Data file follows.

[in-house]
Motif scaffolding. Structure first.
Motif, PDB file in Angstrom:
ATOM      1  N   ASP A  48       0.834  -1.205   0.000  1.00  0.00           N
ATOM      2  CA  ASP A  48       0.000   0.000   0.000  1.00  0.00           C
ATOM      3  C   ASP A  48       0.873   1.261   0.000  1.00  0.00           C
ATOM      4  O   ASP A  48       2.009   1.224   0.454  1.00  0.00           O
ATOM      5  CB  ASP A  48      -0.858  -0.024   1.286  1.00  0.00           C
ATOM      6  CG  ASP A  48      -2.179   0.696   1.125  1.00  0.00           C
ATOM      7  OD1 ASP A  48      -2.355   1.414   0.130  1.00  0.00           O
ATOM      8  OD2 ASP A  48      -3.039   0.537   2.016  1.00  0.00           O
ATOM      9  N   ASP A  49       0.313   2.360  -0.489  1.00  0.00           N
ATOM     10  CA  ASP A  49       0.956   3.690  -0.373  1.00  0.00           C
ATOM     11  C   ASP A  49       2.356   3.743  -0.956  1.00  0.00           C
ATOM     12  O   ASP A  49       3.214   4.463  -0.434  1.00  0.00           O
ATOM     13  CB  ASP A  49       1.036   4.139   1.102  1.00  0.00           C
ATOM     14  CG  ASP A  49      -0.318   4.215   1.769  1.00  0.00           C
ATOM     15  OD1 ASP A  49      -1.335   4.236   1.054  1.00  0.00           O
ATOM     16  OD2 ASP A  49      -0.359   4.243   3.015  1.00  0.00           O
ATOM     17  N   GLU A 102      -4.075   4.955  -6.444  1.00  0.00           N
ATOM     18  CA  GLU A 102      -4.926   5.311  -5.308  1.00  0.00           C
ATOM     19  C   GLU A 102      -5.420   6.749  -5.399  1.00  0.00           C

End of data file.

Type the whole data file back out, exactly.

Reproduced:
[in-house]
Motif scaffolding. Structure first.
Motif, PDB file in Angstrom:
ATOM      1  N   ASP A  48       0.834  -1.205   0.000  1.00  0.00           N
ATOM      2  CA  ASP A  48       0.000   0.000   0.000  1.00  0.00           C
ATOM      3  C   ASP A  48       0.873   1.261   0.000  1.00  0.00           C
ATOM      4  O   ASP A  48       2.009   1.224   0.454  1.00  0.00           O
ATOM      5  CB  ASP A  48      -0.858  -0.024   1.286  1.00  0.00           C
ATOM      6  CG  ASP A  48      -2.179   0.696   1.125  1.00  0.00           C
ATOM      7  OD1 ASP A  48      -2.355   1.414   0.130  1.00  0.00           O
ATOM      8  OD2 ASP A  48      -3.039   0.537   2.016  1.00  0.00           O
ATOM      9  N   ASP A  49       0.313   2.360  -0.489  1.00  0.00           N
ATOM     10  CA  ASP A  49       0.956   3.690  -0.373  1.00  0.00           C
ATOM     11  C   ASP A  49       2.356   3.743  -0.956  1.00  0.00           C
ATOM     12  O   ASP A  49       3.214   4.463  -0.434  1.00  0.00           O
ATOM     13  CB  ASP A  49       1.036   4.139   1.102  1.00  0.00           C
ATOM     14  CG  ASP A  49      -0.318   4.215   1.769  1.00  0.00           C
ATOM     15  OD1 ASP A  49      -1.335   4.236   1.054  1.00  0.00           O
ATOM     16  OD2 ASP A  49      -0.359   4.243   3.015  1.00  0.00           O
ATOM     17  N   GLU A 102      -4.075   4.955  -6.444  1.00  0.00           N
ATOM     18  CA  GLU A 102      -4.926   5.311  -5.308  1.00  0.00           C
ATOM     19  C   GLU A 102      -5.420   6.749  -5.399  1.00  0.00           C